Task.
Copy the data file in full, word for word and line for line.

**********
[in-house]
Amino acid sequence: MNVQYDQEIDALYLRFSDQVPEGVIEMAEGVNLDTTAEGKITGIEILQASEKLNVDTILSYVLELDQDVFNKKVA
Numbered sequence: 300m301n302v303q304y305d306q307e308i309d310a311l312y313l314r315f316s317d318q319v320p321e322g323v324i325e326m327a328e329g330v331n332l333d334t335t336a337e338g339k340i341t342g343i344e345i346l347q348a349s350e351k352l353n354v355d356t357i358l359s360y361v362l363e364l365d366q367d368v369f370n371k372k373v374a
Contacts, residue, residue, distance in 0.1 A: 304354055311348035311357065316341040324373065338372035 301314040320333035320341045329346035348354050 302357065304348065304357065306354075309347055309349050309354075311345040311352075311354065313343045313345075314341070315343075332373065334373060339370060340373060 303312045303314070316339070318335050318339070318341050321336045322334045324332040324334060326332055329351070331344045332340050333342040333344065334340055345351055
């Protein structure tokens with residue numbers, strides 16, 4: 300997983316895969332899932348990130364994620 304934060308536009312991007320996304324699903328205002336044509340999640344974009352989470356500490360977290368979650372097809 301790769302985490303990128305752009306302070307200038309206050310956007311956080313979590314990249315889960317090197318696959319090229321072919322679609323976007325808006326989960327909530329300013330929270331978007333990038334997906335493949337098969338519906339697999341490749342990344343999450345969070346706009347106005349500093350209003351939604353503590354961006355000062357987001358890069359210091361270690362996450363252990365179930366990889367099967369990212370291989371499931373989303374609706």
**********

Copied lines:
[in-house]
Amino acid sequence: MNVQYDQEIDALYLRFSDQVPEGVIEMAEGVNLDTTAEGKITGIEILQASEKLNVDTILSYVLELDQDVFNKKVA
Numbered sequence: 300m301n302v303q304y305d306q307e308i309d310a311l312y313l314r315f316s317d318q319v320p321e322g323v324i325e326m327a328e329g330v331n332l333d334t335t336a337e338g339k340i341t342g343i344e345i346l347q348a349s350e351k352l353n354v355d356t357i358l359s360y361v362l363e364l365d366q367d368v369f370n371k372k373v374a
Contacts, residue, residue, distance in 0.1 A: 304354055311348035311357065316341040324373065338372035 301314040320333035320341045329346035348354050 302357065304348065304357065306354075309347055309349050309354075311345040311352075311354065313343045313345075314341070315343075332373065334373060339370060340373060 303312045303314070316339070318335050318339070318341050321336045322334045324332040324334060326332055329351070331344045332340050333342040333344065334340055345351055
């Protein structure tokens with residue numbers, strides 16, 4: 300997983316895969332899932348990130364994620 304934060308536009312991007320996304324699903328205002336044509340999640344974009352989470356500490360977290368979650372097809 301790769302985490303990128305752009306302070307200038309206050310956007311956080313979590314990249315889960317090197318696959319090229321072919322679609323976007325808006326989960327909530329300013330929270331978007333990038334997906335493949337098969338519906339697999341490749342990344343999450345969070346706009347106005349500093350209003351939604353503590354961006355000062357987001358890069359210091361270690362996450363252990365179930366990889367099967369990212370291989371499931373989303374609706």